Among HIV-infected patients, visceral adiposity is associated with metabolic dysregulation and ectopic fat accumulation. Tesamorelin, a growth hormone-releasing hormone analogue, specifically targets visceral fat reduction, but its effects on liver fat are unknown.
To investigate the effect of tesamorelin on visceral and liver fat.
Design, Setting, and Participants
Fifty antiretroviral-treated HIV-infected men and women with abdominal fat accumulation were recruited for this double-blind, randomized, placebo-controlled trial at Massachusetts General Hospital. The first patient was enrolled on 1/10/2011; the final patient completed his 6 month study visit on 9/6/2013.
Tesamorelin 2mg vs. placebo SC daily for 6 months
Primary endpoints were changes in visceral adipose tissue (VAT) and liver fat. Secondary endpoints included glucose and other metabolic endpoints.
76 patients were screened and 54 randomized. 50 presented for baseline assessment and 48 received treatment with study drug. Tesamorelin significantly reduced VAT (Δ −34 [−53, −15] vs. 8 [−14, 30] cm2, mean [95% CI], tesamorelin vs. placebo, treatment effect −42cm2 [95% CI −71, −14], P = 0.005) and liver fat (Δ −2.0 [−6.4, 0.1] vs. 0.9 [−0.6, 3.7] lipid-to-water %, median [IQR], tesamorelin vs. placebo, P=0.003) over 6 months, for a net treatment effect of −2.9 lipid-to-water %. Fasting glucose increased in the tesamorelin group at 2 weeks (Δ 9 [5, 13] vs. 2 [−3, 8] mg/dL, mean [95% CI], treatment effect 7mg/dL [95% CI 1, 14], P=0.03), but overall changes over 6 months in fasting glucose (Δ 4 [−2, 10] vs. 2 [−4, 7] mg/dL, mean [95% CI], treatment effect 2mg/dL [95% CI −6, 10], P=0.72) and 2 hour glucose (Δ −1 [−18, 15] vs. −8 [−24, 8] mg/dL, mean [95% CI], treatment effect 7mg/dL [95% CI −16, 29], P=0.53) were not significant.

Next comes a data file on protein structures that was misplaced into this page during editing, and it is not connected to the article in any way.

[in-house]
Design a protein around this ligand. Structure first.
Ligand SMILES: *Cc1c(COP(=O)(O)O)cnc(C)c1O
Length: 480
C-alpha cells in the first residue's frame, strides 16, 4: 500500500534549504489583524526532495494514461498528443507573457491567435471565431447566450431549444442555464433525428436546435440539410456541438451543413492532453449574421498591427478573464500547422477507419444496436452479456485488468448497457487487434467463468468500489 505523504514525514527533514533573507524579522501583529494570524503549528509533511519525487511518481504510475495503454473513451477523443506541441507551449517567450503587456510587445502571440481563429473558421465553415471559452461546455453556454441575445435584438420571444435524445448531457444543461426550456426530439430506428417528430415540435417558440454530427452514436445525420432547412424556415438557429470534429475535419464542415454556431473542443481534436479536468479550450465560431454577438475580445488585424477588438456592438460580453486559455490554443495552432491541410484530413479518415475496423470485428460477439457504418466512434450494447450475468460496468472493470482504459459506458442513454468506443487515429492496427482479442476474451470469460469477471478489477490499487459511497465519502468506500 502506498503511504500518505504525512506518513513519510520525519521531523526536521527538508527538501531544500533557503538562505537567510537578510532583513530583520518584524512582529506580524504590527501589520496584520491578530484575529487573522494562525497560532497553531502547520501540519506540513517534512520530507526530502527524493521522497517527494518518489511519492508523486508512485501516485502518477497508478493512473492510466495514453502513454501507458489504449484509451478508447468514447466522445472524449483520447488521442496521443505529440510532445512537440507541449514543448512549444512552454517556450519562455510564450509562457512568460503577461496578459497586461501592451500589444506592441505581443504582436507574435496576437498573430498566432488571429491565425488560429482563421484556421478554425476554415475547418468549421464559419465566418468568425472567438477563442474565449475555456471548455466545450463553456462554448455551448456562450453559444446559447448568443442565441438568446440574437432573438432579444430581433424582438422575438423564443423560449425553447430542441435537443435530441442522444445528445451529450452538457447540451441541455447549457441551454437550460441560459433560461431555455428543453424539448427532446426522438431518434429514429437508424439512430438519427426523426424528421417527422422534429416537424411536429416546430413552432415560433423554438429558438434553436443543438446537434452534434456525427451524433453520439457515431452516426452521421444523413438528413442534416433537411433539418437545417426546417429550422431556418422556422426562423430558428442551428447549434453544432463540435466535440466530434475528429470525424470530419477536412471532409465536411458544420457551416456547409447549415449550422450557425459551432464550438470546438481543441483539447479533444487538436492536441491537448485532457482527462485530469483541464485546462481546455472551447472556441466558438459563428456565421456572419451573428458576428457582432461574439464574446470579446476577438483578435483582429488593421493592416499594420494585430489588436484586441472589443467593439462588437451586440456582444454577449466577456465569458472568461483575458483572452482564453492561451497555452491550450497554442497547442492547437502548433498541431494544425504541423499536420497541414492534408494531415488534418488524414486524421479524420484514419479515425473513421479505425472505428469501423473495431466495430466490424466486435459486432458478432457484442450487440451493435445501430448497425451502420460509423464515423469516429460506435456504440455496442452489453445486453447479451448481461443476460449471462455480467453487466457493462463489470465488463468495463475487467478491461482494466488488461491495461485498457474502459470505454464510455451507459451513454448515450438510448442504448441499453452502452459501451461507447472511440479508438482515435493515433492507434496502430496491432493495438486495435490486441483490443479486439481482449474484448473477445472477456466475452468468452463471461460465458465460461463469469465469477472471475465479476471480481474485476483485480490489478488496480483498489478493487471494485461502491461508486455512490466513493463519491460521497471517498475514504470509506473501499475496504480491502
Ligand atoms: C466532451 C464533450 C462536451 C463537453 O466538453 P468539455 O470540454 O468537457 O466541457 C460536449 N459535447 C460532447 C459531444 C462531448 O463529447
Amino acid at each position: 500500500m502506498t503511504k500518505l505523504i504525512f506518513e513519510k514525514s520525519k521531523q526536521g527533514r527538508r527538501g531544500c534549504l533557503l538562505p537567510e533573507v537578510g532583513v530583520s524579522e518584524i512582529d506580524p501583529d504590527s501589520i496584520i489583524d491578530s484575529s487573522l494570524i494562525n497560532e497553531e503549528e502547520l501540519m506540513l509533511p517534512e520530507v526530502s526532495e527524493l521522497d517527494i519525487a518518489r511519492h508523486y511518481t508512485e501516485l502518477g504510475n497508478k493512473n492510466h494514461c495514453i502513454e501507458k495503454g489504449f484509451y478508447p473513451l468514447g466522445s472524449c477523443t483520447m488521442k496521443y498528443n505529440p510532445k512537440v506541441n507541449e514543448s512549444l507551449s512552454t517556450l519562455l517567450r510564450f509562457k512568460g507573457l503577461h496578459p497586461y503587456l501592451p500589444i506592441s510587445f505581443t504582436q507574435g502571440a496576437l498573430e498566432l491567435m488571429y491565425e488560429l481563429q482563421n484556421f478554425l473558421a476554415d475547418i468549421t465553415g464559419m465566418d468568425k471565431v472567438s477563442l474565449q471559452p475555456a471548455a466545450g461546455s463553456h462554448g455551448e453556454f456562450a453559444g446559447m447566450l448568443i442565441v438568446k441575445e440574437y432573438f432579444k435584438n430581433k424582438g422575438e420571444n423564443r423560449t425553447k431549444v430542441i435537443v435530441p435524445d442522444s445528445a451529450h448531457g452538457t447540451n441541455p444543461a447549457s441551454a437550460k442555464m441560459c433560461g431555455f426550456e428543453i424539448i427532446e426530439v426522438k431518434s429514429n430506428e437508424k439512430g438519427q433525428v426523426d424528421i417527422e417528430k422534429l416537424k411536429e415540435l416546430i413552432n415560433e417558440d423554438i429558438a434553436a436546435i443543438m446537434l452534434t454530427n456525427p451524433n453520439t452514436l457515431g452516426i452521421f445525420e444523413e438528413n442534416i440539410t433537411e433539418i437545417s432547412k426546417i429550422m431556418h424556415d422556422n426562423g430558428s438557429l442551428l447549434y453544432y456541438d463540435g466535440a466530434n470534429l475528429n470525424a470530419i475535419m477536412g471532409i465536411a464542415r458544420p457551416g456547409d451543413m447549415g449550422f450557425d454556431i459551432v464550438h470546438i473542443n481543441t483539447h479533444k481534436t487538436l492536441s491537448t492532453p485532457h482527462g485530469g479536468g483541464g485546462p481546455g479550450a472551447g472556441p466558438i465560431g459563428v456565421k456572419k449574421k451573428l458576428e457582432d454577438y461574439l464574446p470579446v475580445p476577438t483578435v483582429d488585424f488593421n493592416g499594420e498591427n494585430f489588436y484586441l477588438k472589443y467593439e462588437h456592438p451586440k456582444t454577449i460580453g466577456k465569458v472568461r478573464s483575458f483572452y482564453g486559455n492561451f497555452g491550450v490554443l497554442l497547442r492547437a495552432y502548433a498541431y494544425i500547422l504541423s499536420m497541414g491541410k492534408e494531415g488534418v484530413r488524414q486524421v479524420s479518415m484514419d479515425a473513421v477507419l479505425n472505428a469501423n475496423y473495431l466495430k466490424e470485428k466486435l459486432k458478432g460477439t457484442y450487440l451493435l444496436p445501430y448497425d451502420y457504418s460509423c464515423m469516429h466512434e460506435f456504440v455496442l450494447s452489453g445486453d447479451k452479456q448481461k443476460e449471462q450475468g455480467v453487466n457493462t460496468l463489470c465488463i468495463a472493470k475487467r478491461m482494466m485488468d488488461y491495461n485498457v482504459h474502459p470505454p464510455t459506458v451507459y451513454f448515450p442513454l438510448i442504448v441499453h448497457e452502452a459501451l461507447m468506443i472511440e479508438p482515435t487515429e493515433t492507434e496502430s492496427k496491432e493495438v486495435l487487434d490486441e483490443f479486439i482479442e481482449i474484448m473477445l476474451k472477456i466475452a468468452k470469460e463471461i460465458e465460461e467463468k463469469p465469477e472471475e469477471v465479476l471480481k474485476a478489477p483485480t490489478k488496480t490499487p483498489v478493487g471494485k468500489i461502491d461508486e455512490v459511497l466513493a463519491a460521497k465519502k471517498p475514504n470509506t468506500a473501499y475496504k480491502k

Conclusions and Relevance
In this preliminary study of HIV-infected patients with abdominal fat accumulation, tesamorelin administered for 6 months was associated with reductions in visceral fat and, additionally, with modest reductions in liver fat. Further studies are needed to determine the clinical importance and long-term consequences of these findings.